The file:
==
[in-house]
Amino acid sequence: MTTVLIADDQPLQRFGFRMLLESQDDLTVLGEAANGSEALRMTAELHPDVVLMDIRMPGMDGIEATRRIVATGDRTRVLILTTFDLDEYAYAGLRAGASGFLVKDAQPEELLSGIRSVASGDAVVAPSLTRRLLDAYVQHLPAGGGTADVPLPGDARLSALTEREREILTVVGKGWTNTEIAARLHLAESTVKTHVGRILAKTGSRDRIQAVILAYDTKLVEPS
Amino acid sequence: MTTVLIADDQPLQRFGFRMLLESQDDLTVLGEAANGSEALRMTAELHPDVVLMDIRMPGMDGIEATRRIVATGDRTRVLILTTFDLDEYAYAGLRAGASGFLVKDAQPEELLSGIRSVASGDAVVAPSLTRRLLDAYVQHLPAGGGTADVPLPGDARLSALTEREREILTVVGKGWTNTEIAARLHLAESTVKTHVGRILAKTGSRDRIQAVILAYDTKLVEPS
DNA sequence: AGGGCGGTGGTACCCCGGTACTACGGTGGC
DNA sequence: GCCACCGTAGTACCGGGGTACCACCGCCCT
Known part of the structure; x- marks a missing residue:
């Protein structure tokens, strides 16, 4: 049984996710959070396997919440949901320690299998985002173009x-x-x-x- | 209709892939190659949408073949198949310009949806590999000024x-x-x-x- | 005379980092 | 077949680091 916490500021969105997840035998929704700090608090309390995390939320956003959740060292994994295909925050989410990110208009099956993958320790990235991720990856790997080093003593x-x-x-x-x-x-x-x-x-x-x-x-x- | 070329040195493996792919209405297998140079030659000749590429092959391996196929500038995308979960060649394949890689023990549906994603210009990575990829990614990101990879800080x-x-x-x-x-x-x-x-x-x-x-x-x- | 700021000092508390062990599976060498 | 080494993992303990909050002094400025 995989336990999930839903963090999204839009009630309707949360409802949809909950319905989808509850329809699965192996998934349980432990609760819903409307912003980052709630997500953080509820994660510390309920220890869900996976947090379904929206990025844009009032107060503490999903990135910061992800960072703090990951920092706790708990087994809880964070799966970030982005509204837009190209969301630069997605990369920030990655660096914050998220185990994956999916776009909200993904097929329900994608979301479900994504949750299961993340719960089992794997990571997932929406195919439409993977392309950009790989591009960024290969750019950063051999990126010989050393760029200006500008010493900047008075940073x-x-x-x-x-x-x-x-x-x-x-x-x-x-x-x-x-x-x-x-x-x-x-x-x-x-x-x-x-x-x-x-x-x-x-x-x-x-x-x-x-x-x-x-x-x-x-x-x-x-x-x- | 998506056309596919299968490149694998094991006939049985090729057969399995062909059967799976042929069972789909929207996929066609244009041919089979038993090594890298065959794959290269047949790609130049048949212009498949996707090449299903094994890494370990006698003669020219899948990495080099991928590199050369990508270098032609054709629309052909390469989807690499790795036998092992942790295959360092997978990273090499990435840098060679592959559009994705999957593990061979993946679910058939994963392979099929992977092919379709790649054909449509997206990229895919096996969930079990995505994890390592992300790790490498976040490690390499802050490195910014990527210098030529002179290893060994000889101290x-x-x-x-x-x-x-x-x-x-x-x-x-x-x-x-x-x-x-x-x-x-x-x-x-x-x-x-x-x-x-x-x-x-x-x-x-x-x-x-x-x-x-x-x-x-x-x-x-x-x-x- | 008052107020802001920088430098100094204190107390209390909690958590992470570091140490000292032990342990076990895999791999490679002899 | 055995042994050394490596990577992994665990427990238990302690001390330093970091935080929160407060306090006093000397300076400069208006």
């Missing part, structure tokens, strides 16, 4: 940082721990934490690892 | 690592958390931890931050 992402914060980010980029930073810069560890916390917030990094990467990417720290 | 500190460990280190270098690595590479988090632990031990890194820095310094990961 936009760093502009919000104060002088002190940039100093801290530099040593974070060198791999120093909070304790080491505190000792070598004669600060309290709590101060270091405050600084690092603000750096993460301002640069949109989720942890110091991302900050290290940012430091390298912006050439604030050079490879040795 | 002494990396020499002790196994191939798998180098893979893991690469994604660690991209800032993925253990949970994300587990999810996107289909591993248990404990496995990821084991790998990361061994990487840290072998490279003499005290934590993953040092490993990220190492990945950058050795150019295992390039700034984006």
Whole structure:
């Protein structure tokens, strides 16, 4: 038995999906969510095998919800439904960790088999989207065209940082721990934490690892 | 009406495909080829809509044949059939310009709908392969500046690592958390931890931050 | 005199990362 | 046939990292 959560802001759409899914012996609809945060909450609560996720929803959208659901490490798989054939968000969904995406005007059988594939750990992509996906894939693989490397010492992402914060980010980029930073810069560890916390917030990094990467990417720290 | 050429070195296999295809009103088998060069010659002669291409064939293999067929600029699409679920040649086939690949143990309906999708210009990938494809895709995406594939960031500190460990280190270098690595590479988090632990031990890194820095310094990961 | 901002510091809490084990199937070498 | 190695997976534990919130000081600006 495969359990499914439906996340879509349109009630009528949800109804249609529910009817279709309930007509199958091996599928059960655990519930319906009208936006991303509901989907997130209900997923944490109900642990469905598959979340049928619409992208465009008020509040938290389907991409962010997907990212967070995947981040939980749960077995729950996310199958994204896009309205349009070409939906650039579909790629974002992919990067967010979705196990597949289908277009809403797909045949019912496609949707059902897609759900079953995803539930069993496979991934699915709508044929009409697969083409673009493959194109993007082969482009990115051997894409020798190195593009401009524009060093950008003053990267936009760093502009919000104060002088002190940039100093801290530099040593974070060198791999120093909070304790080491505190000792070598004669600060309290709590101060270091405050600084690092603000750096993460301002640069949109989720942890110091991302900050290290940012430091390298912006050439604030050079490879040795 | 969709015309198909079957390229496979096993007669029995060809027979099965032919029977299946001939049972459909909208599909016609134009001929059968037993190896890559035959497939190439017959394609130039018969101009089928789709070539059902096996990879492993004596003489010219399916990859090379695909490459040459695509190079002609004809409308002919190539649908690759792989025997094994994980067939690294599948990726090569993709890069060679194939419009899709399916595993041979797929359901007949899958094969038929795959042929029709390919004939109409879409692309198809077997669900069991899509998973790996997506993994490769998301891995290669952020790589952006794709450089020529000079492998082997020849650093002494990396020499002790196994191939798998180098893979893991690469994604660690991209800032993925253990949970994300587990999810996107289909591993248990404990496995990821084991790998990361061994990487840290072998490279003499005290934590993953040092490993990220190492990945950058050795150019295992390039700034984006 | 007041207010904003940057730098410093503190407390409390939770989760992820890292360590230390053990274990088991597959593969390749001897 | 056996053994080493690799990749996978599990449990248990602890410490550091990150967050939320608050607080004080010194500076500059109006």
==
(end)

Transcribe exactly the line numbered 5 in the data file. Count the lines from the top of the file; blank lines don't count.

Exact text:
DNA sequence: GCCACCGTAGTACCGGGGTACCACCGCCCT